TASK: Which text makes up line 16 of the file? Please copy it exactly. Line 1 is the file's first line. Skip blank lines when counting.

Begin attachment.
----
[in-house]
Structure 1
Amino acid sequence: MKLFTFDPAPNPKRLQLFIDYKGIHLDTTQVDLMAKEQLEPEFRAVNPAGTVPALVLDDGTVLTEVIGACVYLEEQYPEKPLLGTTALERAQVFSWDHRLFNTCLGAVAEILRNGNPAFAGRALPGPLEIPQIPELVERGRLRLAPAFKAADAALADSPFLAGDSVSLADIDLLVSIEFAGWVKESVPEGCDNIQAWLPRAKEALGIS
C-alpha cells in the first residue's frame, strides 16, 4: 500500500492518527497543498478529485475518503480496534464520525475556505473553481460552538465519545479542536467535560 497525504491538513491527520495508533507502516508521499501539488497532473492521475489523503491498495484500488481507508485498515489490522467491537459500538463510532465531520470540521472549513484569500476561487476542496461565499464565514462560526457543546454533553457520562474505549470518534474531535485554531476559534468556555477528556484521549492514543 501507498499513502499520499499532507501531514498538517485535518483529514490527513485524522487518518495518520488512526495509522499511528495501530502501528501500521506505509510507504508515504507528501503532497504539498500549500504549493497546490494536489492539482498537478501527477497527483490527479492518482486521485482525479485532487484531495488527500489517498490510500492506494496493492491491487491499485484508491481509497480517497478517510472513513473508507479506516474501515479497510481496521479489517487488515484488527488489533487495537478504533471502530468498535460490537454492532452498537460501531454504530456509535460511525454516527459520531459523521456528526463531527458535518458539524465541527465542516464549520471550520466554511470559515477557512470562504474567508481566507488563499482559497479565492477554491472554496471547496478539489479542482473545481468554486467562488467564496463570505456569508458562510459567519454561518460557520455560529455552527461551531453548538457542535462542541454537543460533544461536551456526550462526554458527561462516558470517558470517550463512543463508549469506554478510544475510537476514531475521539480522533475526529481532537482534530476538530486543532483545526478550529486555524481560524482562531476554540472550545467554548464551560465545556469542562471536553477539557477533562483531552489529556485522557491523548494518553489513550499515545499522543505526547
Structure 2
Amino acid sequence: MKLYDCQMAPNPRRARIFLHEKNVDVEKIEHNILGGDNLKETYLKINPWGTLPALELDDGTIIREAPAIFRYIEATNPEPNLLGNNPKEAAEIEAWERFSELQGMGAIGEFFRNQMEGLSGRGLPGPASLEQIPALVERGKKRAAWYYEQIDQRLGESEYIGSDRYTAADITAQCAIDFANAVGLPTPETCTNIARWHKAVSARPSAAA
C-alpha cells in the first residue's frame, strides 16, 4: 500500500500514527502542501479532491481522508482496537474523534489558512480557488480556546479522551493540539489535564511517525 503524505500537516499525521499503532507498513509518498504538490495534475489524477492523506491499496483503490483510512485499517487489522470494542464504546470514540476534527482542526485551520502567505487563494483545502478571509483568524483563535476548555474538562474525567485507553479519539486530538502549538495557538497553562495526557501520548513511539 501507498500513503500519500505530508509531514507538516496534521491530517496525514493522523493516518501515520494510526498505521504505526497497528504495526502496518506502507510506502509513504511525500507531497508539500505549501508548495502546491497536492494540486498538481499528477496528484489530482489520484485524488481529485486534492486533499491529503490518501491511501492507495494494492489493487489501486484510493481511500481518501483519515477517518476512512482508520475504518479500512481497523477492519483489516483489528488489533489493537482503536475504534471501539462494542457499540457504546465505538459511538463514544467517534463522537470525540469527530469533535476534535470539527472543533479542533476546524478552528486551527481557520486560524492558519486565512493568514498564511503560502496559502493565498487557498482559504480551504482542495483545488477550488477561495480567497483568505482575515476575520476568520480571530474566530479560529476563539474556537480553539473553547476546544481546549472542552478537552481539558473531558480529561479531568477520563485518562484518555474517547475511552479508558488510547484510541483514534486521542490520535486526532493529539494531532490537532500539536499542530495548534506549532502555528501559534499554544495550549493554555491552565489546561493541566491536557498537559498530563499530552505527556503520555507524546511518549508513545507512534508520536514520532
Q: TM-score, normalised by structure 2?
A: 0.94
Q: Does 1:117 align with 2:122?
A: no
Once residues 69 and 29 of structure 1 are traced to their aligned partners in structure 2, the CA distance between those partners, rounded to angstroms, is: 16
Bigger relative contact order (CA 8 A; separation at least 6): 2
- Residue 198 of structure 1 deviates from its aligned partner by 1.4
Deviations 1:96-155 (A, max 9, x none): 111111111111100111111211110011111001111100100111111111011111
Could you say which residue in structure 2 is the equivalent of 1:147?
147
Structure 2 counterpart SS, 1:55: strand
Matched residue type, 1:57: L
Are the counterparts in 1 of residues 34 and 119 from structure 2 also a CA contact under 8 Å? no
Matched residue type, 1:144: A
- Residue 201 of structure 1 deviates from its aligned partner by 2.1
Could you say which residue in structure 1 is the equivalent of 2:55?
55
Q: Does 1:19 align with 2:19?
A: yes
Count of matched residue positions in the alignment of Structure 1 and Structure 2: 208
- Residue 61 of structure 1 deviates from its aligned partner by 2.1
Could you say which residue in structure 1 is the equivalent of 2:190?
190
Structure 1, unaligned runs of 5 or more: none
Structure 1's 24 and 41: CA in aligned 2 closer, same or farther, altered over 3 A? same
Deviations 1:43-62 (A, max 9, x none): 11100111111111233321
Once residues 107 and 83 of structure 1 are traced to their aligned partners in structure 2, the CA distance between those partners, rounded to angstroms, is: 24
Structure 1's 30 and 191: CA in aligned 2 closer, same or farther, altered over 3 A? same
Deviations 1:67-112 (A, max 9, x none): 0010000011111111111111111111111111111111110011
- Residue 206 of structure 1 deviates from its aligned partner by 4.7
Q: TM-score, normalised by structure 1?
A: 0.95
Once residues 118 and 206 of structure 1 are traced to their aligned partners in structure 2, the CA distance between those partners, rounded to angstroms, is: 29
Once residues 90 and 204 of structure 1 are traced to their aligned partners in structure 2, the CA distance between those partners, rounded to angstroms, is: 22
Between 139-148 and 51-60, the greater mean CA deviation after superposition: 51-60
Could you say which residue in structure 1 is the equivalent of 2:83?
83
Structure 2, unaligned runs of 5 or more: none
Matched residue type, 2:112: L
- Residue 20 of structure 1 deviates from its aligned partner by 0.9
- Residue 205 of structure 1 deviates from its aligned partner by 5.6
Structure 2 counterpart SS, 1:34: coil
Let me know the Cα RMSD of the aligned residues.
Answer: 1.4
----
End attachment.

Could you say which residue in structure 2 is the equivalent of 1:147?